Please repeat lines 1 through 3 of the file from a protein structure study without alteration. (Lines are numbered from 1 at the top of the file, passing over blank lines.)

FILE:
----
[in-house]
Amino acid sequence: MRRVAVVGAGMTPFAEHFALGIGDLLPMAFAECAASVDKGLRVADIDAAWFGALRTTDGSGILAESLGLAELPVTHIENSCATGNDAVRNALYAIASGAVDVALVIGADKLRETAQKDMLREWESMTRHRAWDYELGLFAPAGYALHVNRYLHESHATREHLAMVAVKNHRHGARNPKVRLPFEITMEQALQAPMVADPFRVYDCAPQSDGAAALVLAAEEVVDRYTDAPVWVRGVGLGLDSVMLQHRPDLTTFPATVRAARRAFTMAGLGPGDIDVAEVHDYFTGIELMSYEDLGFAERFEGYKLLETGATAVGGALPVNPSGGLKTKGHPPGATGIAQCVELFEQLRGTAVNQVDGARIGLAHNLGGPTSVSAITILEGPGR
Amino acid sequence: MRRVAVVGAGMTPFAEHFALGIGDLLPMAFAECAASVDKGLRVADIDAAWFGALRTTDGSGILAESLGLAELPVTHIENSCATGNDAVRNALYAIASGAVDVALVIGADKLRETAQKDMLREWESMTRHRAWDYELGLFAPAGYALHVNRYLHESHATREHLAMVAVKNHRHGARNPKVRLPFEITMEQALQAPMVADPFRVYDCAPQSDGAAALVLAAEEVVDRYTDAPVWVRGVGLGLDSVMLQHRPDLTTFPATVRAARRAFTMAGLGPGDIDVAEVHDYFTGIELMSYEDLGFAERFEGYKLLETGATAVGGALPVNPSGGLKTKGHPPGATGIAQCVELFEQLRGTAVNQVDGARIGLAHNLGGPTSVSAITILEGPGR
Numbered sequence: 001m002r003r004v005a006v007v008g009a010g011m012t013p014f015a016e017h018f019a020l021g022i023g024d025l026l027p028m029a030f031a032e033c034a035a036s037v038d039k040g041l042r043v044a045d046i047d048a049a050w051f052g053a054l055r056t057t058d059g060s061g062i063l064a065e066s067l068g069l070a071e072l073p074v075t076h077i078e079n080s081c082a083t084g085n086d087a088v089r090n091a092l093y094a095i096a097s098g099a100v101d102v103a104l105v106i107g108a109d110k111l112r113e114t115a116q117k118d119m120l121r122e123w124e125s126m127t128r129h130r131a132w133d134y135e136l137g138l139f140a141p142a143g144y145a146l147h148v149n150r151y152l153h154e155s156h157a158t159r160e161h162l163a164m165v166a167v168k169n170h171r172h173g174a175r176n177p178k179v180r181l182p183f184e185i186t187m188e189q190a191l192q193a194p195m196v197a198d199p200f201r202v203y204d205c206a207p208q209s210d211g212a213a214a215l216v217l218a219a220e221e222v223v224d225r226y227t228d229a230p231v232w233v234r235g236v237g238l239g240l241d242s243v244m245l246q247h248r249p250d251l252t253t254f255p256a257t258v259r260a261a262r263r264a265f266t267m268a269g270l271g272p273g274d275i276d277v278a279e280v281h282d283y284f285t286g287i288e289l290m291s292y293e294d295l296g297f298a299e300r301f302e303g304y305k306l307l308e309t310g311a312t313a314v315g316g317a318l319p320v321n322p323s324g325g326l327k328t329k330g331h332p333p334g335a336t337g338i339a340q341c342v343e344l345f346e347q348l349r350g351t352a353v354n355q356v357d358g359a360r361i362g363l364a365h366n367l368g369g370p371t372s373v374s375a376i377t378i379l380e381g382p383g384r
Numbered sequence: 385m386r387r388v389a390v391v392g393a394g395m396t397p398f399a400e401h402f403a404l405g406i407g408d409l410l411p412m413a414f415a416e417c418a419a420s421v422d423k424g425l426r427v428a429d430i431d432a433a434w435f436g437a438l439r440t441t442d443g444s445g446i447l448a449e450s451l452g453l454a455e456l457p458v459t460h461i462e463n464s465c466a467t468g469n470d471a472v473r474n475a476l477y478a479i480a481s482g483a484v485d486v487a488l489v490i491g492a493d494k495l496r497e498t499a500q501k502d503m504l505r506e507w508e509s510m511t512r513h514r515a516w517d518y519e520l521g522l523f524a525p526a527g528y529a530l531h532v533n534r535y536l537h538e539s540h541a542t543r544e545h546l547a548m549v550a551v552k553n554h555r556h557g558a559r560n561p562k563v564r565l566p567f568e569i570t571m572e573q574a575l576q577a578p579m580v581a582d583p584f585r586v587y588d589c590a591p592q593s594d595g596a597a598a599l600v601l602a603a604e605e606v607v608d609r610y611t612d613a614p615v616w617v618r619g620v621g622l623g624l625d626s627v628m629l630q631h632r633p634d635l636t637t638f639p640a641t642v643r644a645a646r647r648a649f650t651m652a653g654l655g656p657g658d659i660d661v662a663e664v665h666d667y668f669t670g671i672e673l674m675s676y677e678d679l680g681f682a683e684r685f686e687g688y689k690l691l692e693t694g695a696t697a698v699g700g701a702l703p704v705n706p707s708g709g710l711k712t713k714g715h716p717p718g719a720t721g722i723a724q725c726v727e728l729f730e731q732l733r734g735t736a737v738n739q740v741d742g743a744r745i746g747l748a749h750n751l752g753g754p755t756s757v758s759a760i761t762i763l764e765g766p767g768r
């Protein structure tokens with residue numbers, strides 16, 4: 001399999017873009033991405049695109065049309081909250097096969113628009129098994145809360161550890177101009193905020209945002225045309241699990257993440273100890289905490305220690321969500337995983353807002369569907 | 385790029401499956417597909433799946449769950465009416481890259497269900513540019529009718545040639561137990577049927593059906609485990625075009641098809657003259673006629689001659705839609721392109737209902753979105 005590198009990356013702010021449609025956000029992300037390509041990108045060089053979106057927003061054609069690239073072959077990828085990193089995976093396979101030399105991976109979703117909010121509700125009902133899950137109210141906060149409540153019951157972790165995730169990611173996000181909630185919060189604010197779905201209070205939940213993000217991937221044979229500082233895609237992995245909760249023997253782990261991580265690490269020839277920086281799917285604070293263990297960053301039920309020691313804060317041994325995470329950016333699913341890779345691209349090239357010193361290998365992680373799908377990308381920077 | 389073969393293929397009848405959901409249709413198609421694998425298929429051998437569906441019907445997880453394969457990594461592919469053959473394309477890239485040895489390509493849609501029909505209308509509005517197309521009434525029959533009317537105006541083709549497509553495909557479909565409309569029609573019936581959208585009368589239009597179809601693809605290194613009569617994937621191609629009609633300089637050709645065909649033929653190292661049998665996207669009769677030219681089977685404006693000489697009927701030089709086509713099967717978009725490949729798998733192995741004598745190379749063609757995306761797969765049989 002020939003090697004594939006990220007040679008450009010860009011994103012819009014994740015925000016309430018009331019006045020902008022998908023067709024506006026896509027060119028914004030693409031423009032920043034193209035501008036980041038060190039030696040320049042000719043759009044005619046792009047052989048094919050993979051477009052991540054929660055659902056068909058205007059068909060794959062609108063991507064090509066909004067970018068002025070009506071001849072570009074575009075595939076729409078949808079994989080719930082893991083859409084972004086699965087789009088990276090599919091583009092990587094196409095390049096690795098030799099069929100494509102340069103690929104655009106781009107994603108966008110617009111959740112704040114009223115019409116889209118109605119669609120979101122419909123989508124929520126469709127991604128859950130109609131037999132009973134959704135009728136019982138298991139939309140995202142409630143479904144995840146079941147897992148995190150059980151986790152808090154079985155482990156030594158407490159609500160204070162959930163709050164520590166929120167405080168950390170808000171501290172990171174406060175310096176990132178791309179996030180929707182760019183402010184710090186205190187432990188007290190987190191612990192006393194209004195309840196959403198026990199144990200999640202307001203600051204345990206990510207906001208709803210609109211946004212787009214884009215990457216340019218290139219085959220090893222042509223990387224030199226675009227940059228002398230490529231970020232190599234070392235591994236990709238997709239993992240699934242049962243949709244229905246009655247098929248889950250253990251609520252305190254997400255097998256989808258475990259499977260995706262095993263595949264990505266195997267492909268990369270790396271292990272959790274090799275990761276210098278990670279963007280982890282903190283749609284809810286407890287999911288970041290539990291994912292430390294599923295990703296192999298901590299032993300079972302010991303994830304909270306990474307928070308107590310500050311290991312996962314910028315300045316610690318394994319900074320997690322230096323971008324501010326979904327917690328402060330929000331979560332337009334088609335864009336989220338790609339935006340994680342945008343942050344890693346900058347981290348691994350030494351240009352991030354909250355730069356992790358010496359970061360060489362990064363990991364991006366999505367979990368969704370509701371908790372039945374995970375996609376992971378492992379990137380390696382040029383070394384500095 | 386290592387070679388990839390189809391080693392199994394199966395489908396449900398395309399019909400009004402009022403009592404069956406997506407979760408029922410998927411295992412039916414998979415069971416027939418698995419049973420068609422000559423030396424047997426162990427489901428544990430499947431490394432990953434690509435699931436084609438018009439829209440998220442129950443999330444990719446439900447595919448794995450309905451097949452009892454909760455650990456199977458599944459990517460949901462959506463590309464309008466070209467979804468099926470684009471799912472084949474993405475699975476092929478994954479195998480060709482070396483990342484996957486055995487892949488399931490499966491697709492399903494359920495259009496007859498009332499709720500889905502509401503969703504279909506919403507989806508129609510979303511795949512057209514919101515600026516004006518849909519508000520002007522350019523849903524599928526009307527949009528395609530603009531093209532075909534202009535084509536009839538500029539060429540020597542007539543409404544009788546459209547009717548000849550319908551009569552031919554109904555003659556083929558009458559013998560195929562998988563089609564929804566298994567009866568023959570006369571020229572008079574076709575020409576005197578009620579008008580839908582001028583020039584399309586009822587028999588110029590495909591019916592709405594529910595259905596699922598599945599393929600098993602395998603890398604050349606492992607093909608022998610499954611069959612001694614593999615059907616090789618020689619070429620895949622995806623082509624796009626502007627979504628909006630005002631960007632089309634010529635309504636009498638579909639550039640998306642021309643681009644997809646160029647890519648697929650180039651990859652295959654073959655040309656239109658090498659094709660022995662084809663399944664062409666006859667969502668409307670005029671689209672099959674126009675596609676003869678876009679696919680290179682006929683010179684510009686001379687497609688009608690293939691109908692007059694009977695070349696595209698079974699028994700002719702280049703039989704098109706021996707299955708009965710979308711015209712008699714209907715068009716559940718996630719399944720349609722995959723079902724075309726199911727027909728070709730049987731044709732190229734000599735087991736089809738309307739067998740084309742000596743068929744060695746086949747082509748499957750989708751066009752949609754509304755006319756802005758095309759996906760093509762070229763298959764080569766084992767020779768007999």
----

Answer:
[in-house]
Amino acid sequence: MRRVAVVGAGMTPFAEHFALGIGDLLPMAFAECAASVDKGLRVADIDAAWFGALRTTDGSGILAESLGLAELPVTHIENSCATGNDAVRNALYAIASGAVDVALVIGADKLRETAQKDMLREWESMTRHRAWDYELGLFAPAGYALHVNRYLHESHATREHLAMVAVKNHRHGARNPKVRLPFEITMEQALQAPMVADPFRVYDCAPQSDGAAALVLAAEEVVDRYTDAPVWVRGVGLGLDSVMLQHRPDLTTFPATVRAARRAFTMAGLGPGDIDVAEVHDYFTGIELMSYEDLGFAERFEGYKLLETGATAVGGALPVNPSGGLKTKGHPPGATGIAQCVELFEQLRGTAVNQVDGARIGLAHNLGGPTSVSAITILEGPGR
Amino acid sequence: MRRVAVVGAGMTPFAEHFALGIGDLLPMAFAECAASVDKGLRVADIDAAWFGALRTTDGSGILAESLGLAELPVTHIENSCATGNDAVRNALYAIASGAVDVALVIGADKLRETAQKDMLREWESMTRHRAWDYELGLFAPAGYALHVNRYLHESHATREHLAMVAVKNHRHGARNPKVRLPFEITMEQALQAPMVADPFRVYDCAPQSDGAAALVLAAEEVVDRYTDAPVWVRGVGLGLDSVMLQHRPDLTTFPATVRAARRAFTMAGLGPGDIDVAEVHDYFTGIELMSYEDLGFAERFEGYKLLETGATAVGGALPVNPSGGLKTKGHPPGATGIAQCVELFEQLRGTAVNQVDGARIGLAHNLGGPTSVSAITILEGPGR